Day 16 – The Chūgoku 33 Temple Kannon Pilgrimage, Japan – From Miyajima to the Castle Town Of Iwakuni



Day 16 – The Chūgoku 33 Temple Kannon Pilgrimage, Japan – From Miyajima to the Castle Town Of Iwakuni

Breakfast in our hotel in Miyajima was a simple but nice Japanese spread of traditional dishes.

We checked out of our hotel early and walked through the village to the ferry terminal.
We stopped for a drink at the large and comfy Starbucks in the middle of the ancient village.

The ferry to Miyajima-Guchi is run by the JR company, and so the ferry is large and well maintained.
From Miyajima-Guchi, most tourists take connecting trains to their destinations.

We just turned left and started walking south along the coast, much to the amazement of the train employees directing the traffic off the ferry, who thought we were lost.

The next temple we have to visit is located on a mountain in the town of Yanai.
But the distance to Yanai is too great, so we planned to break the walk up into two days of walking, and to stay overnight midway, in the town of Iwakuni.

The walk was in the full sun all day long along Route 2.
The weather is getting very hot now, and it is only mid to late April.
“What happened to Springtime?” I asked Jules.
“It’s another sign of Global Warming,” answered Jules, while taking off his light long sleeve hiking shirt and walking with just his T-shirt.

I followed suit and took off my hiking long sleeve shirt and we both felt a little less hot.

As we continued walking, I did begin to feel fatigued and hot.
Nobody was walking anywhere, not even locals were walking on any of the streets.

There was not much to look at most of the day, and no places to stop and rest, except in convenience stores where we got some water and used the toilets.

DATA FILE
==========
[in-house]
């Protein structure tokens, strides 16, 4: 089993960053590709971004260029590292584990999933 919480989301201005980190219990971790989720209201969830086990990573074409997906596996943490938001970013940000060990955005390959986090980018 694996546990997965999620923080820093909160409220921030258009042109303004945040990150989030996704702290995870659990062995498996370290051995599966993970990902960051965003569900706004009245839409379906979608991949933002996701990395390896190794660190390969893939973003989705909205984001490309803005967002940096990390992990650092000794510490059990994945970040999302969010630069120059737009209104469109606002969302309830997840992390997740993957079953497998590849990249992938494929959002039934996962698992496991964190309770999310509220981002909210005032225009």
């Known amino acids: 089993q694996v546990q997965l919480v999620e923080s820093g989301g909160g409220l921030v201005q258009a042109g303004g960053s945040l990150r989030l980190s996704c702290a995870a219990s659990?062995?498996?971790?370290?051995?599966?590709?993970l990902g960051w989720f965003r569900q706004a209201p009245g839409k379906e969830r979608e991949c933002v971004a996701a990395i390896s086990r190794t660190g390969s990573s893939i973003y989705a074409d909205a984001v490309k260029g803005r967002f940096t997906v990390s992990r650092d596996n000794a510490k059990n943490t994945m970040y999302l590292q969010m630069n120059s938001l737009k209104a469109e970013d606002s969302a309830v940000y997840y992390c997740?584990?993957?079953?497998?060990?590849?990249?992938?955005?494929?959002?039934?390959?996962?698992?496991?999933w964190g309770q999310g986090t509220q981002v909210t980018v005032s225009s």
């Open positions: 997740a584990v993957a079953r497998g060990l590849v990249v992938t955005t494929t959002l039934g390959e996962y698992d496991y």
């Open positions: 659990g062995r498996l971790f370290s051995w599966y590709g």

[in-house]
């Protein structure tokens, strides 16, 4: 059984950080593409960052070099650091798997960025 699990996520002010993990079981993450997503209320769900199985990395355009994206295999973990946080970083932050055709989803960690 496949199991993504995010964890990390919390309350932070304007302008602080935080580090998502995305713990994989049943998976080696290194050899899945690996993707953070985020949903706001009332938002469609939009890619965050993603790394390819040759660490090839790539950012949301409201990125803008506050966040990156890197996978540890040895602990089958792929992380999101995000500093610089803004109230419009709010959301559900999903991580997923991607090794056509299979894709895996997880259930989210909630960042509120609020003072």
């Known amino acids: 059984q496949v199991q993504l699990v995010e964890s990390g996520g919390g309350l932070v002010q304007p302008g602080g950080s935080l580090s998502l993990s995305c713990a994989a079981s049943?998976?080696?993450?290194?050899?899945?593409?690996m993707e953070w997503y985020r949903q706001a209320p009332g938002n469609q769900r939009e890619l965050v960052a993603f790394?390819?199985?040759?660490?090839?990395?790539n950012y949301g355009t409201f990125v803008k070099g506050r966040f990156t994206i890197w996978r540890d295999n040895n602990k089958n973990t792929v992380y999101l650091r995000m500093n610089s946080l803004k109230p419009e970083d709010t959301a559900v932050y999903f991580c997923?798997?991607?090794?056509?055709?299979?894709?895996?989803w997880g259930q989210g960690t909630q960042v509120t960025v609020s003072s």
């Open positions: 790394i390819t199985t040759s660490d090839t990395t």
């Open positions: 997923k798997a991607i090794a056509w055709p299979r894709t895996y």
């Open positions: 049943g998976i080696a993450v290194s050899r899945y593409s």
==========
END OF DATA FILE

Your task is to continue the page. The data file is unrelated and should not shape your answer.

Occasionally there were nice views of the sea, but there were also the usual car dealerships, manufacturing plants, and other service businesses, without cafes or restaurants.

I wasn’t hungry, maybe because of the heat, but I really needed to just sit down and take a break from walking.

My map showed a 24 hour meat and Udon eatery, and I was willing to buy anything, even if I did not plan to eat it, just to sit in an air-conditioned place and rest for awhile.

I opened the door to the restaurant, but the cigarette smoke was so dizzying, that I could not even see if there were any tables available.
I backed out of the place as fast as I could.

We went next door to a convenience store, bought some bananas, clementines, salted peanuts and water, and we sat outside in the smokers’ corner, that had a bit of shade and a small table on which to place our fruit.

The day before, I had bought some Yuzu Vinegar, which I mixed into my water bottle to make a very tasty sugar-free lemonade.

The way to Iwakuni still involved a long walk to go, even after our short rest. Our plan was to take a taxi from the Iwakuni train station to our hotel, which is all the way west of Iwakuni station, in the touristy part of town by the castle.

But the route south to Yanai passes through Iwakuni station, and we planned to continue walking south along the direct route tomorrow.

Iwakuni is famous for its bridge area, which is very close to our hotel. That area, and the bridge itself, were beautiful and well worth the visit.

Iwakuni Is famous for the Kintai wooden Bridge (Kintai-kyo), and it is by far the city’s most popular sightseeing spot.
The Kintai Bridge over the wide Nishiki River was first constructed in 1673 by Hiroyoshi Kikkawa.

The original bridge stood until September 14, 1950, when it was destroyed by a typhoon.

The bridge was rebuilt using the same techniques as the original, with the same wooden arches and wooden steps. China assisted in the rebuilding, as a sign of Japanese/Chinese friendship.